In her previous life, Lisa was a computer engineer and program manager at Hewlett Packard for nine years.
This project is up-to-date as of December 2013, but Gordon and Steve may update their respective software in the future.
If you notice any major changes to Wiring Pi or Voice Command that make my instructions obsolete, please leave a comment or send me a message.
The end result is voice-activated control of up to three electrical outlets using the Raspberry Pi.
Here's a video of the final product in action (read on for a detailed parts list, circuit diagram, and code): A couple notes before you begin.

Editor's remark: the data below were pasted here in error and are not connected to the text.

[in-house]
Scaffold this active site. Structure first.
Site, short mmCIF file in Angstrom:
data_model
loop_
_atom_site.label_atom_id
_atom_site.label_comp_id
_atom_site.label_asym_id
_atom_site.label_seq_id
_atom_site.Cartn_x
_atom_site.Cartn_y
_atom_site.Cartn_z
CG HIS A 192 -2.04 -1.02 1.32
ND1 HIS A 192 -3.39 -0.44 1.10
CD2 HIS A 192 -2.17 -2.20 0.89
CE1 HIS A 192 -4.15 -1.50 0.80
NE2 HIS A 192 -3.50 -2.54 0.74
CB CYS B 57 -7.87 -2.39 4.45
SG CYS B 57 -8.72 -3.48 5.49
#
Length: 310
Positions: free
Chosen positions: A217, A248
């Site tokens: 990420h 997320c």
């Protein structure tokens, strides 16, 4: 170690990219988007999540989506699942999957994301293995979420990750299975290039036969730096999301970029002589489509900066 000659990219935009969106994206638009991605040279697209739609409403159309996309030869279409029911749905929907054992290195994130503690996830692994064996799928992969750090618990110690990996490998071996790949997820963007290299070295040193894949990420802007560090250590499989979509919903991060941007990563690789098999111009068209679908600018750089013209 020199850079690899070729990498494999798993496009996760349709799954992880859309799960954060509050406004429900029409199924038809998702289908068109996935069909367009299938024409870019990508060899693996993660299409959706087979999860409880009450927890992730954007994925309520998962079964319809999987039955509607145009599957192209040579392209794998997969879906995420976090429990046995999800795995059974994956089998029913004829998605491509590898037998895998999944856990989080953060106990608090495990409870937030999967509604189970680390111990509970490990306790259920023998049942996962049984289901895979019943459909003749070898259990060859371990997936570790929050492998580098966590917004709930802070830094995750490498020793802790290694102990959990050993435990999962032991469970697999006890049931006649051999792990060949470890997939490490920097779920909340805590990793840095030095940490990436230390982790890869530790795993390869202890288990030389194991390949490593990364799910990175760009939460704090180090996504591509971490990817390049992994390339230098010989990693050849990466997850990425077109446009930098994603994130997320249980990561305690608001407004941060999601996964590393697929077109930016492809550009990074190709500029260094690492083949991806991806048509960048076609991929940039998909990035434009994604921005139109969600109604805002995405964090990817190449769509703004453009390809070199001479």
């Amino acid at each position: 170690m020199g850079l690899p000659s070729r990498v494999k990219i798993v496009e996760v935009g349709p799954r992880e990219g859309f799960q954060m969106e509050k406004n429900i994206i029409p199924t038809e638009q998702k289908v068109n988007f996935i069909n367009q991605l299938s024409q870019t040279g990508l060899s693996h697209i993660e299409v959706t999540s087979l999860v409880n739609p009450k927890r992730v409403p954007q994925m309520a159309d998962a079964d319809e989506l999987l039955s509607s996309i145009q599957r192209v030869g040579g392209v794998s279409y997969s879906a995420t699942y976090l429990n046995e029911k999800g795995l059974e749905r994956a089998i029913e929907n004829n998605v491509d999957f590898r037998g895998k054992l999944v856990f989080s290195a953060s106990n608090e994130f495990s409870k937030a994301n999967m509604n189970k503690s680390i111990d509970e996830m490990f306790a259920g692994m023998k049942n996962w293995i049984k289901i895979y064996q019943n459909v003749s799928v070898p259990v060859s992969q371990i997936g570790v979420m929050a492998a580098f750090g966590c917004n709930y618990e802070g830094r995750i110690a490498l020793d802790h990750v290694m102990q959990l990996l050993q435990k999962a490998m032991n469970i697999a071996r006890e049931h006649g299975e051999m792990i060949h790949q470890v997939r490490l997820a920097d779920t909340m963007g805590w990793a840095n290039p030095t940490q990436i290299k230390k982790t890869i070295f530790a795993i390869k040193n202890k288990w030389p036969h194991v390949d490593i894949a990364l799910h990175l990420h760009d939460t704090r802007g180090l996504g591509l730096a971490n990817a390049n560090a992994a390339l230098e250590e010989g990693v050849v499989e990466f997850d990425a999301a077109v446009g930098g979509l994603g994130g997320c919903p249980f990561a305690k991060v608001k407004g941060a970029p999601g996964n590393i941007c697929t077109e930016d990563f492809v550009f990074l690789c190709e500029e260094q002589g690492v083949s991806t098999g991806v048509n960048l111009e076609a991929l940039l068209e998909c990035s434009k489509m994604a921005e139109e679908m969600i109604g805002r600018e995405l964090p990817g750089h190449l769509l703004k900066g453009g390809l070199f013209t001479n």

Scott served in the US Air Force for four years as an electrician on the U2 spy plane.
He also worked as a laser engineer, performing maintenance and working in Research and Development.
The first thing you'll need to do is open the plastic case of the remote to expose the circuit board. Remove the battery cover and take the battery out for now. Use a small Phillips head screwdriver to remove the single screw holding the front and back halves of the plastic case together. Use needle nose pliers to bend off the keychain ring.
This exposes the underside of the circuit board, which you can remove from the case entirely to get a look at the top half.
However, I find it easier to work with the circuit board attached to the front half of the case.
This way, you can easily push the buttons when you're testing the circuit (next step).
He received his Project Management degree (BSIS) from the University of San Francisco.